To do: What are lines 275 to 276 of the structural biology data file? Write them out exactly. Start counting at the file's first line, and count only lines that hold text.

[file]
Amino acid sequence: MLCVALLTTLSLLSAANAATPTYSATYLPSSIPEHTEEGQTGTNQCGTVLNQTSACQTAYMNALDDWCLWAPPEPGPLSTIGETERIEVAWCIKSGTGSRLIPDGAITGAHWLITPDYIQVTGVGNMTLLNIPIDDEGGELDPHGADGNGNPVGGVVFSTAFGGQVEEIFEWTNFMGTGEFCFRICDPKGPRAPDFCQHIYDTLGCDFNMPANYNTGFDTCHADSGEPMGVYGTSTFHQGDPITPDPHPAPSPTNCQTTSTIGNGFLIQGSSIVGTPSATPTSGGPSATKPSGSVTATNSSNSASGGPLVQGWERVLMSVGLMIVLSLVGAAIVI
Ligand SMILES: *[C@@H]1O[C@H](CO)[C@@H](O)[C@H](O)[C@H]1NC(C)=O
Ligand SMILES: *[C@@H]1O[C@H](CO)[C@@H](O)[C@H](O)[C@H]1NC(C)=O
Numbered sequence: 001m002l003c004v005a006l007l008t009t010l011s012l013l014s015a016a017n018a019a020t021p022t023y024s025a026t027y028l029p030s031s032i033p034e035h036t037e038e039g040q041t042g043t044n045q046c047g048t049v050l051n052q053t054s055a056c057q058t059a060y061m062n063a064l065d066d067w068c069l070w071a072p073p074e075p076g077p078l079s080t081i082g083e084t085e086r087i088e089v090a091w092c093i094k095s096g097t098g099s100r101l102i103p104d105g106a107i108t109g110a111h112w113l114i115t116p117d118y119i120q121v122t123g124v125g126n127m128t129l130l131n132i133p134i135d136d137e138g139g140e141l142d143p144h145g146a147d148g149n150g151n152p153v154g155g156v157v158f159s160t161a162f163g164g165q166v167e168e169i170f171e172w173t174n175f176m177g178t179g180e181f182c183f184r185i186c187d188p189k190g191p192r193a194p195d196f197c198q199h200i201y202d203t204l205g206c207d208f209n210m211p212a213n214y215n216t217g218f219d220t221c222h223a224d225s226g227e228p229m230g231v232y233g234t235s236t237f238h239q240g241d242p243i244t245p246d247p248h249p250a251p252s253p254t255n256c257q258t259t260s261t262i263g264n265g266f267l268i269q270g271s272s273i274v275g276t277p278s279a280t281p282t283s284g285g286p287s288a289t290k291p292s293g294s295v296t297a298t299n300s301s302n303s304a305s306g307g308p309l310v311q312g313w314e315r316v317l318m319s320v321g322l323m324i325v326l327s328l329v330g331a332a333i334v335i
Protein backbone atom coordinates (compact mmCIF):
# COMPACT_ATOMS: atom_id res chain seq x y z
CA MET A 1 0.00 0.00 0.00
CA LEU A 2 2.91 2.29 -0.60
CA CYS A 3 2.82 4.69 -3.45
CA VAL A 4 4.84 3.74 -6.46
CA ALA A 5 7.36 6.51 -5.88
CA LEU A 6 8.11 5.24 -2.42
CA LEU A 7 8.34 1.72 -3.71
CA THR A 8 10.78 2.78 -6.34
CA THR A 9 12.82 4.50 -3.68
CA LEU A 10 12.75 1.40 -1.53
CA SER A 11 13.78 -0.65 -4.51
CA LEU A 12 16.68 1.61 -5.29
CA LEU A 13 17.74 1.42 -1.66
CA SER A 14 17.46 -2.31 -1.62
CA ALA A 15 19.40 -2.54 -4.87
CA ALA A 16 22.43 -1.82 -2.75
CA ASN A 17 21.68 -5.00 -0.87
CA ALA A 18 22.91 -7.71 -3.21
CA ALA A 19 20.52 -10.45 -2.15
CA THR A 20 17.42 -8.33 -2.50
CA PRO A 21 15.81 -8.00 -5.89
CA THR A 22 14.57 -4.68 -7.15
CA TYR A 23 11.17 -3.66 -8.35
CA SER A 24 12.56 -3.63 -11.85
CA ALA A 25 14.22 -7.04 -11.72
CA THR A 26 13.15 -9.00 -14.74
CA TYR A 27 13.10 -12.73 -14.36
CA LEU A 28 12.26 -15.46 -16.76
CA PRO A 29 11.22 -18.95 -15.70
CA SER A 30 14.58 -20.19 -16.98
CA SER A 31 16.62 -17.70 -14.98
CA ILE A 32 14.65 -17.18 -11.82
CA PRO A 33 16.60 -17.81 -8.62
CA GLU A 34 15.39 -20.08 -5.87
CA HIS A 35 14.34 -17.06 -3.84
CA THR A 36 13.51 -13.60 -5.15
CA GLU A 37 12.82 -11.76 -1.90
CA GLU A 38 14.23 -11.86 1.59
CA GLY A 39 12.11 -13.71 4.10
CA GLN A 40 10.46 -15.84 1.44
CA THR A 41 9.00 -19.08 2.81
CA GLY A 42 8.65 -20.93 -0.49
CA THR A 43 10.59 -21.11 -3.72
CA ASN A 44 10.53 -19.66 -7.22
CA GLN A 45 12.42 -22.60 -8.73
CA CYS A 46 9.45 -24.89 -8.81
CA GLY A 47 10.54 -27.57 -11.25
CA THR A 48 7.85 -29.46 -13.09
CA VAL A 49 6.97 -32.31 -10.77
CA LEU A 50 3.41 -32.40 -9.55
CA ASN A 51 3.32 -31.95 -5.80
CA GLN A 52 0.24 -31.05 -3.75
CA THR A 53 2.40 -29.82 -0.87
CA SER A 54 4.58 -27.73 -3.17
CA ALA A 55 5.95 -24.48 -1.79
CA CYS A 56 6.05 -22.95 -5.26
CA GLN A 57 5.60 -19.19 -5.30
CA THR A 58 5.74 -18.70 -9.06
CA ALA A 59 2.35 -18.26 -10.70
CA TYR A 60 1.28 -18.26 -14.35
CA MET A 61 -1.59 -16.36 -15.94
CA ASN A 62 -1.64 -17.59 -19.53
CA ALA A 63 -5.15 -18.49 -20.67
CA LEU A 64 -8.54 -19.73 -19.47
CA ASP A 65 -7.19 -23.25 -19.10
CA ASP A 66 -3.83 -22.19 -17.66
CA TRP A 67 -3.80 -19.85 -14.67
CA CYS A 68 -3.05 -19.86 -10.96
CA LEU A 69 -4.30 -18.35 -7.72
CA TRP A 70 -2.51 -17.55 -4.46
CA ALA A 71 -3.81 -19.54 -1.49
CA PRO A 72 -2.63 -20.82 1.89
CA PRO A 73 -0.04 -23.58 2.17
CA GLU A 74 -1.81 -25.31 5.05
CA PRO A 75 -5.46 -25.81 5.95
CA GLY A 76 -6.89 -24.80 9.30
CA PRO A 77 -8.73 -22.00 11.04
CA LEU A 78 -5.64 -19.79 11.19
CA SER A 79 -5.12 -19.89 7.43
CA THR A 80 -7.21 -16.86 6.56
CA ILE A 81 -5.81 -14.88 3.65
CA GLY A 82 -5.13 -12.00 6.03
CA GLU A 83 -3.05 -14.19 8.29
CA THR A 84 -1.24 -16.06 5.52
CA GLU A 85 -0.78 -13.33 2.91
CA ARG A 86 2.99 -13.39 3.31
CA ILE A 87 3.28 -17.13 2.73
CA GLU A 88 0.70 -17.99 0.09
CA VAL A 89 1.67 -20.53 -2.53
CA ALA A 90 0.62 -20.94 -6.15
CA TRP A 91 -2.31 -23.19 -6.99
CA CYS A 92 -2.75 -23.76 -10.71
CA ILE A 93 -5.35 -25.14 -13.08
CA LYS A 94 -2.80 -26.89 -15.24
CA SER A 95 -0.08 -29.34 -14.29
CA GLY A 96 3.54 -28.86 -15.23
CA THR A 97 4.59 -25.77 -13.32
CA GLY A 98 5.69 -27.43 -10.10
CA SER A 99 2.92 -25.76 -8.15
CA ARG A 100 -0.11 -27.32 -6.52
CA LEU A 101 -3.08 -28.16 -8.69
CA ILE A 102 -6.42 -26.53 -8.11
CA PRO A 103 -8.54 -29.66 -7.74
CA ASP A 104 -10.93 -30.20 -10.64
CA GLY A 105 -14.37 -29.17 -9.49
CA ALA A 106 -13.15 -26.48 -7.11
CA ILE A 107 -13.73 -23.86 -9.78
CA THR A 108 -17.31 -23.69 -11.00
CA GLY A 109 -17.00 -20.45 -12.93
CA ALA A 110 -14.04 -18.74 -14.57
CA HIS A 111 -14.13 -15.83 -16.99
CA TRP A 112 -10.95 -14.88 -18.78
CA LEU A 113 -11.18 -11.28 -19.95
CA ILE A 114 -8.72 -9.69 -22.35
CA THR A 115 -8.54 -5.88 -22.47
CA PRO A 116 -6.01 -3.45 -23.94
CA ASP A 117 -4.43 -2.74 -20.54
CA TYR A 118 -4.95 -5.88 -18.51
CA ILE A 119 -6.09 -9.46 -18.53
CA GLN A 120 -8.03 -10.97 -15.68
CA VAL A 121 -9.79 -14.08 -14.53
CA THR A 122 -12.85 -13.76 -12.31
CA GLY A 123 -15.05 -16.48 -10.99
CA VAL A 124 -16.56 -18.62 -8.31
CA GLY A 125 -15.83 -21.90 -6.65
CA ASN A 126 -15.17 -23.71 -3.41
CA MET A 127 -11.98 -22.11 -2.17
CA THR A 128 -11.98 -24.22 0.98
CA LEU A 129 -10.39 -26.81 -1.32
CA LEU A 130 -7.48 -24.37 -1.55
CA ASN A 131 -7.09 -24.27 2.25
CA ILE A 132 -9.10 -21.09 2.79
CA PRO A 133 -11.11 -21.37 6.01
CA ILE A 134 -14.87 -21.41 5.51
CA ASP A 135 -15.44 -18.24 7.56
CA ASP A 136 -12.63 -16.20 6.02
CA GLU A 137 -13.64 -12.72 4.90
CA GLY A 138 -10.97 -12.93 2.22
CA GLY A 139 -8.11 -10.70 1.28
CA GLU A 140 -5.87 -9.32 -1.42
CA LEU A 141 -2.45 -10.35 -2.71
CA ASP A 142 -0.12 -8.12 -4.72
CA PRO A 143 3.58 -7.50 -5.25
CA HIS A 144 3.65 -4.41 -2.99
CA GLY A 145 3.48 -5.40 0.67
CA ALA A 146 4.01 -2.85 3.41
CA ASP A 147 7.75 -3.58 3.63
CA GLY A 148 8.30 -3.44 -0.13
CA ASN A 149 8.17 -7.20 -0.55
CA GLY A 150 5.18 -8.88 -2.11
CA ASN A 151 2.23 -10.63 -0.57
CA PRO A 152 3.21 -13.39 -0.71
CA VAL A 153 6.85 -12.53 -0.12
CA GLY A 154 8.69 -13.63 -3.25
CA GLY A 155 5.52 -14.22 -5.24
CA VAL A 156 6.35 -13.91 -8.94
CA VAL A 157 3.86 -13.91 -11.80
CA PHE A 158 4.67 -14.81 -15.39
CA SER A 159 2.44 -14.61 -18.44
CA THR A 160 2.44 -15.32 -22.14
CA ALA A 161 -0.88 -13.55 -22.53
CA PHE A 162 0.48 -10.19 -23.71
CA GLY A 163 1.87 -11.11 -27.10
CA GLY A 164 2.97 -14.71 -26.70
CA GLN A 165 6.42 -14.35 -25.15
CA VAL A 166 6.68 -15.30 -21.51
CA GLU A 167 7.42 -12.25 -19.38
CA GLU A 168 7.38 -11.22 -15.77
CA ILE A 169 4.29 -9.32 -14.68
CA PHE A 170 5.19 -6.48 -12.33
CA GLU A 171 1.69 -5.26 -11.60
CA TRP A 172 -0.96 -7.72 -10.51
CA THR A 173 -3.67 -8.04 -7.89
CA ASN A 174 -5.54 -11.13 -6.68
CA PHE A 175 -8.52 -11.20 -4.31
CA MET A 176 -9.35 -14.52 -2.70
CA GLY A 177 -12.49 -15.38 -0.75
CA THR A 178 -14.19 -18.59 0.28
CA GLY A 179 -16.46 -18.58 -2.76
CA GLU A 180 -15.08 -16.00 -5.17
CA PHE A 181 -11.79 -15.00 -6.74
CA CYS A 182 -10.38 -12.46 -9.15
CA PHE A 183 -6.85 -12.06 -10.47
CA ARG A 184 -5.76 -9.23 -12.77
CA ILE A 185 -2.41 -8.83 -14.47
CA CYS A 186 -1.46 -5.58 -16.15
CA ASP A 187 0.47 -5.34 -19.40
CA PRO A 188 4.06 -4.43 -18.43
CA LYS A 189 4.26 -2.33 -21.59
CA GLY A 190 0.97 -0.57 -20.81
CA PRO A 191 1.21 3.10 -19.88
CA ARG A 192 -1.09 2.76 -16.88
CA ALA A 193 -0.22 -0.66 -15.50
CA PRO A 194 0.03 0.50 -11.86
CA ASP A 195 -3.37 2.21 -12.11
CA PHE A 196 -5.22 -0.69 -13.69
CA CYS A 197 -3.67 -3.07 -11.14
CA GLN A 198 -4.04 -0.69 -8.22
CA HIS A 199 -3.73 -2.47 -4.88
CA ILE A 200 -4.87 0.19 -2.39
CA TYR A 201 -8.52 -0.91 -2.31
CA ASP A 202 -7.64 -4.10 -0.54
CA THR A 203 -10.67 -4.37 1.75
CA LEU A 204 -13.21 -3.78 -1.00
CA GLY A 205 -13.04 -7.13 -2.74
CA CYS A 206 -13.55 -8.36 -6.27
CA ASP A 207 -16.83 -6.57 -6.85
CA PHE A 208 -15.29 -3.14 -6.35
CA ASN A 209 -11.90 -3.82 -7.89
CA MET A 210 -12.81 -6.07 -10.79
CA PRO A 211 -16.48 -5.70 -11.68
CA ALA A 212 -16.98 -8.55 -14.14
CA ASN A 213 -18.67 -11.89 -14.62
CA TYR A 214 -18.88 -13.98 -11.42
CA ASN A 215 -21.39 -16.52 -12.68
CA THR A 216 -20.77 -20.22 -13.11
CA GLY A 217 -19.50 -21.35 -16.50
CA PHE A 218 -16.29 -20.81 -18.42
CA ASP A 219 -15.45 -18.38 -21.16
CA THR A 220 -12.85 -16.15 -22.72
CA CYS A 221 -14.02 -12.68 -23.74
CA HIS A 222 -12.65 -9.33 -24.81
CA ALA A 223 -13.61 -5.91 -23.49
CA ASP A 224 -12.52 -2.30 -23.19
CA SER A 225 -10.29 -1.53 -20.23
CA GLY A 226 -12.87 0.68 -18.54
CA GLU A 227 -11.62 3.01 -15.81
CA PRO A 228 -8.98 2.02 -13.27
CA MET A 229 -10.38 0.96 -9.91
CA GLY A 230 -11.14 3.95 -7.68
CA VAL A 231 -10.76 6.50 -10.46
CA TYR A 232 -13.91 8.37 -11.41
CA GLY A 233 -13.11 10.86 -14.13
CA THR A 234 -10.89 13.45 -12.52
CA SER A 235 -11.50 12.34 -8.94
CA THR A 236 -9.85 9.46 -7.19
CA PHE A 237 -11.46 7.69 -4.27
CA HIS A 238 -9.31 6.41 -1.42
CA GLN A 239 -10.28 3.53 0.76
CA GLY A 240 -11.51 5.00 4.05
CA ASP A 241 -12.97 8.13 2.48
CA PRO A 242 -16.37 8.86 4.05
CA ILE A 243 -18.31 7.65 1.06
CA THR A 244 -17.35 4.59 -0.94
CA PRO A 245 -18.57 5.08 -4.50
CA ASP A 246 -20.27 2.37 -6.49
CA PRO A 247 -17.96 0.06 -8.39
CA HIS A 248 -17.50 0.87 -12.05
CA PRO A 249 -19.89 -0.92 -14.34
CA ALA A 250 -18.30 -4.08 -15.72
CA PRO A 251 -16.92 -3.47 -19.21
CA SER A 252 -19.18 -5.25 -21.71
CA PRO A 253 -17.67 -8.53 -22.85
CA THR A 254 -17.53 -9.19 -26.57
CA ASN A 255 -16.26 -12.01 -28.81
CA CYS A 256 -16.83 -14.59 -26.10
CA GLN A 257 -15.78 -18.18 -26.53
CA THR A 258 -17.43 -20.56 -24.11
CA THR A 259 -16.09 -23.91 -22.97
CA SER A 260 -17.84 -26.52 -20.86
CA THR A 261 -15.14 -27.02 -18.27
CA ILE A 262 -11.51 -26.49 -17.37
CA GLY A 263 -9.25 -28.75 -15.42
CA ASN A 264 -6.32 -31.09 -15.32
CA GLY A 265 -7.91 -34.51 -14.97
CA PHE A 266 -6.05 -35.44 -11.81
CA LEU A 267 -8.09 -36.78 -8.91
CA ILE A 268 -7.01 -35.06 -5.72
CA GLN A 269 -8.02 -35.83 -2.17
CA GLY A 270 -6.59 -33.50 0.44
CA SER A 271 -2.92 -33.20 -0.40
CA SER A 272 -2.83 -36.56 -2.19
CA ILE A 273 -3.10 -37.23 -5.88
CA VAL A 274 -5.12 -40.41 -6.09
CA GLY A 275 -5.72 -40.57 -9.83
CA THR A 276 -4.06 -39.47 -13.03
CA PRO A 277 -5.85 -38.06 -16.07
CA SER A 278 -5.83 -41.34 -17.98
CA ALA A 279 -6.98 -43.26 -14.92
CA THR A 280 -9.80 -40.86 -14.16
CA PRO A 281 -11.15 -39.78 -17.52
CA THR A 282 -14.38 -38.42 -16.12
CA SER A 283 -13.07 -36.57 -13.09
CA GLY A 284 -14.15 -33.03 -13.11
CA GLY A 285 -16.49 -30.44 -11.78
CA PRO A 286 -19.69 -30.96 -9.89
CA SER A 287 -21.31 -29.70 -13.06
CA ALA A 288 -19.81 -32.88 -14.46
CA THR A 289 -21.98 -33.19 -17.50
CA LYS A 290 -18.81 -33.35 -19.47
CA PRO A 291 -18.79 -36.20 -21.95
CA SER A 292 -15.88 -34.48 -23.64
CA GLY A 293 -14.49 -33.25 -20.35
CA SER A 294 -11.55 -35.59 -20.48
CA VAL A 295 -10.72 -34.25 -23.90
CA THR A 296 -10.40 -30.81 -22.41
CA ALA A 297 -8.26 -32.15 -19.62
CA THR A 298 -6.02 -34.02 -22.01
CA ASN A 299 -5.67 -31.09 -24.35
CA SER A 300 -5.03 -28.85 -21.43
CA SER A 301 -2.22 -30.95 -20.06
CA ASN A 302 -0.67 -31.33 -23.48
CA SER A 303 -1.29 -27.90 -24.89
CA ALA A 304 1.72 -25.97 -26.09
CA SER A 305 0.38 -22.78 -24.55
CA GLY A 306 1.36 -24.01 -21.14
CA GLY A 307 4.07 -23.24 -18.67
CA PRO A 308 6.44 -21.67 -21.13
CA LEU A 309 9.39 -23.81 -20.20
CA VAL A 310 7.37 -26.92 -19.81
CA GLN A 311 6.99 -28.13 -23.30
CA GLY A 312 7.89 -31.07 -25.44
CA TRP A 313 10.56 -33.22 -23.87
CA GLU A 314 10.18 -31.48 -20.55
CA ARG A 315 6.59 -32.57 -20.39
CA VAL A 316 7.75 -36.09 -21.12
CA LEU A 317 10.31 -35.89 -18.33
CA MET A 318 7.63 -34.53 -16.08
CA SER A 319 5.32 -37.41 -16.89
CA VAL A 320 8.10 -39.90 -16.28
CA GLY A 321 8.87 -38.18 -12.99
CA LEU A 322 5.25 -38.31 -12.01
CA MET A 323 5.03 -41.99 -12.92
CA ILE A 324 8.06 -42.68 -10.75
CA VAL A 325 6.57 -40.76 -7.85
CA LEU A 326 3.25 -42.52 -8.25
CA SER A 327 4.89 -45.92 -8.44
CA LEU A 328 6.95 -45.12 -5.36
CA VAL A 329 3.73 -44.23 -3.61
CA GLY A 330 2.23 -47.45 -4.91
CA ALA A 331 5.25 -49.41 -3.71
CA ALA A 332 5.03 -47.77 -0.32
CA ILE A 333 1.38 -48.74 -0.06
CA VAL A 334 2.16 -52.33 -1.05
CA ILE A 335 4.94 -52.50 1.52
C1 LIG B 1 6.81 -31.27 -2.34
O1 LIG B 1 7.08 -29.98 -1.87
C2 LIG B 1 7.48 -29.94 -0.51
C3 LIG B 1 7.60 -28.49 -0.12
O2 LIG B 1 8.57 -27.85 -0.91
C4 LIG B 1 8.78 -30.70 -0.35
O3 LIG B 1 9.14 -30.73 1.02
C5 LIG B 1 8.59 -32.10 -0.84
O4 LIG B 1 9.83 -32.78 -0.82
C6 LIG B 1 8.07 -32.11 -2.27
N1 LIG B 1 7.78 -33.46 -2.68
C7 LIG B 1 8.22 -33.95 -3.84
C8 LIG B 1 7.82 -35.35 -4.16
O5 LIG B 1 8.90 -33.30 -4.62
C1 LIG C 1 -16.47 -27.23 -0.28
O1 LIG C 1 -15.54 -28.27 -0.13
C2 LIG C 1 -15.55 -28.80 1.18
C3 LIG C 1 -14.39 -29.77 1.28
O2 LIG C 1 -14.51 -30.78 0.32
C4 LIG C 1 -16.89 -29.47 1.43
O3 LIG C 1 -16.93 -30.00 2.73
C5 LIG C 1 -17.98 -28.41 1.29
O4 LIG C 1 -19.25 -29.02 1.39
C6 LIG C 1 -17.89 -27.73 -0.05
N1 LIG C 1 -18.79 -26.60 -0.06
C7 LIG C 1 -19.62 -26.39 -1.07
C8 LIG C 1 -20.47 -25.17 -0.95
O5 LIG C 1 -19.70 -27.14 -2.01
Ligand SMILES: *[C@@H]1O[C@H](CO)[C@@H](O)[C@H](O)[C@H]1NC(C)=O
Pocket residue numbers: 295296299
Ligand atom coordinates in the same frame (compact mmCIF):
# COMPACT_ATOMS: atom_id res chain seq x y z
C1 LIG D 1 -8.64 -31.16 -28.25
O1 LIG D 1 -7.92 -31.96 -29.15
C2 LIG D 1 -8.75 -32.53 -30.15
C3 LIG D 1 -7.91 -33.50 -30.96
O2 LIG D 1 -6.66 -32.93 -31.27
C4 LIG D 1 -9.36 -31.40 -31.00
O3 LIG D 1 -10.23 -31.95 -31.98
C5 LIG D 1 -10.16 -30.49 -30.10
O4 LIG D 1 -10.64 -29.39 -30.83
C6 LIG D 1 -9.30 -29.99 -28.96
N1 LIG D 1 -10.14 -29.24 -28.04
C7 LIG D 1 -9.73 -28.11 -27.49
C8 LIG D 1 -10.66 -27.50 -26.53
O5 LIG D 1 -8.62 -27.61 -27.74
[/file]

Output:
CA GLN A 269 -8.02 -35.83 -2.17
CA GLY A 270 -6.59 -33.50 0.44